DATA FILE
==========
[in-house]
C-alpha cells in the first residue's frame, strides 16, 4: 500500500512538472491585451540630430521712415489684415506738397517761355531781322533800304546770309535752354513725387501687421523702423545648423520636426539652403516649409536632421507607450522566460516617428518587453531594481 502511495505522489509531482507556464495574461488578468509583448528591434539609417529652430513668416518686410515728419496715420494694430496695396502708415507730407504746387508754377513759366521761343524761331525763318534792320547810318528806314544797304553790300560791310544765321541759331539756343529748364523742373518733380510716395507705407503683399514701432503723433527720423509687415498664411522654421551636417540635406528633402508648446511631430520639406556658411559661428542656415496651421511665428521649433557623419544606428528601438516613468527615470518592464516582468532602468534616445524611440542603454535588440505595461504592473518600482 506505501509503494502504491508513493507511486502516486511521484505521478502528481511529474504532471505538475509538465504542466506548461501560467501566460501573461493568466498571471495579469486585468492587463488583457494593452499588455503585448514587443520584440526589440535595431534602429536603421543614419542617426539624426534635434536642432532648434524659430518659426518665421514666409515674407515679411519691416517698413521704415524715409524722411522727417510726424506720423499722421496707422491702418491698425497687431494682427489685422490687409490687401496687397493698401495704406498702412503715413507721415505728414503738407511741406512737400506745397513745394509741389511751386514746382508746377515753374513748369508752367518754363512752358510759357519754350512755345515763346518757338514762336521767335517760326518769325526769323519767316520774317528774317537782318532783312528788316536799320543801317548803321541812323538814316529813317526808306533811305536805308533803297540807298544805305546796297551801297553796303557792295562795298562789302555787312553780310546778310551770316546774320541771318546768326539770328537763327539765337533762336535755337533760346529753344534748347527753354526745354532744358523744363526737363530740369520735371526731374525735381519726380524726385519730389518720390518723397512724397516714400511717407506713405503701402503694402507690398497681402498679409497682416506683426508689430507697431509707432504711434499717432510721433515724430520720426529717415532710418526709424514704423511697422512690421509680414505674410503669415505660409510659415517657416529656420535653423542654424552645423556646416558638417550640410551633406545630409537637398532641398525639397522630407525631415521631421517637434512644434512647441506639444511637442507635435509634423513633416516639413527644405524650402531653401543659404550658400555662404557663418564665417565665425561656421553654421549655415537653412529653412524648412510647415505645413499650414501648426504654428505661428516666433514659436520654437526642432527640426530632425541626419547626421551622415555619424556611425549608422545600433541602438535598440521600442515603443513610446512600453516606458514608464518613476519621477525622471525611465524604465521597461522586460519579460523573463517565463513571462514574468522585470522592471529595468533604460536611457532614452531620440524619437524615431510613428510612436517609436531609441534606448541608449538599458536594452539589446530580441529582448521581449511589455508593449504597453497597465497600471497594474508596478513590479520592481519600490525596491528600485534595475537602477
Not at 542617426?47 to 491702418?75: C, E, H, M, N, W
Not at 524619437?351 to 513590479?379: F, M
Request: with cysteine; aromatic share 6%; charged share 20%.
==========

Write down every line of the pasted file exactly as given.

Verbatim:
[in-house]
C-alpha cells in the first residue's frame, strides 16, 4: 500500500512538472491585451540630430521712415489684415506738397517761355531781322533800304546770309535752354513725387501687421523702423545648423520636426539652403516649409536632421507607450522566460516617428518587453531594481 502511495505522489509531482507556464495574461488578468509583448528591434539609417529652430513668416518686410515728419496715420494694430496695396502708415507730407504746387508754377513759366521761343524761331525763318534792320547810318528806314544797304553790300560791310544765321541759331539756343529748364523742373518733380510716395507705407503683399514701432503723433527720423509687415498664411522654421551636417540635406528633402508648446511631430520639406556658411559661428542656415496651421511665428521649433557623419544606428528601438516613468527615470518592464516582468532602468534616445524611440542603454535588440505595461504592473518600482 506505501509503494502504491508513493507511486502516486511521484505521478502528481511529474504532471505538475509538465504542466506548461501560467501566460501573461493568466498571471495579469486585468492587463488583457494593452499588455503585448514587443520584440526589440535595431534602429536603421543614419542617426539624426534635434536642432532648434524659430518659426518665421514666409515674407515679411519691416517698413521704415524715409524722411522727417510726424506720423499722421496707422491702418491698425497687431494682427489685422490687409490687401496687397493698401495704406498702412503715413507721415505728414503738407511741406512737400506745397513745394509741389511751386514746382508746377515753374513748369508752367518754363512752358510759357519754350512755345515763346518757338514762336521767335517760326518769325526769323519767316520774317528774317537782318532783312528788316536799320543801317548803321541812323538814316529813317526808306533811305536805308533803297540807298544805305546796297551801297553796303557792295562795298562789302555787312553780310546778310551770316546774320541771318546768326539770328537763327539765337533762336535755337533760346529753344534748347527753354526745354532744358523744363526737363530740369520735371526731374525735381519726380524726385519730389518720390518723397512724397516714400511717407506713405503701402503694402507690398497681402498679409497682416506683426508689430507697431509707432504711434499717432510721433515724430520720426529717415532710418526709424514704423511697422512690421509680414505674410503669415505660409510659415517657416529656420535653423542654424552645423556646416558638417550640410551633406545630409537637398532641398525639397522630407525631415521631421517637434512644434512647441506639444511637442507635435509634423513633416516639413527644405524650402531653401543659404550658400555662404557663418564665417565665425561656421553654421549655415537653412529653412524648412510647415505645413499650414501648426504654428505661428516666433514659436520654437526642432527640426530632425541626419547626421551622415555619424556611425549608422545600433541602438535598440521600442515603443513610446512600453516606458514608464518613476519621477525622471525611465524604465521597461522586460519579460523573463517565463513571462514574468522585470522592471529595468533604460536611457532614452531620440524619437524615431510613428510612436517609436531609441534606448541608449538599458536594452539589446530580441529582448521581449511589455508593449504597453497597465497600471497594474508596478513590479520592481519600490525596491528600485534595475537602477
Not at 542617426?47 to 491702418?75: C, E, H, M, N, W
Not at 524619437?351 to 513590479?379: F, M
Request: with cysteine; aromatic share 6%; charged share 20%.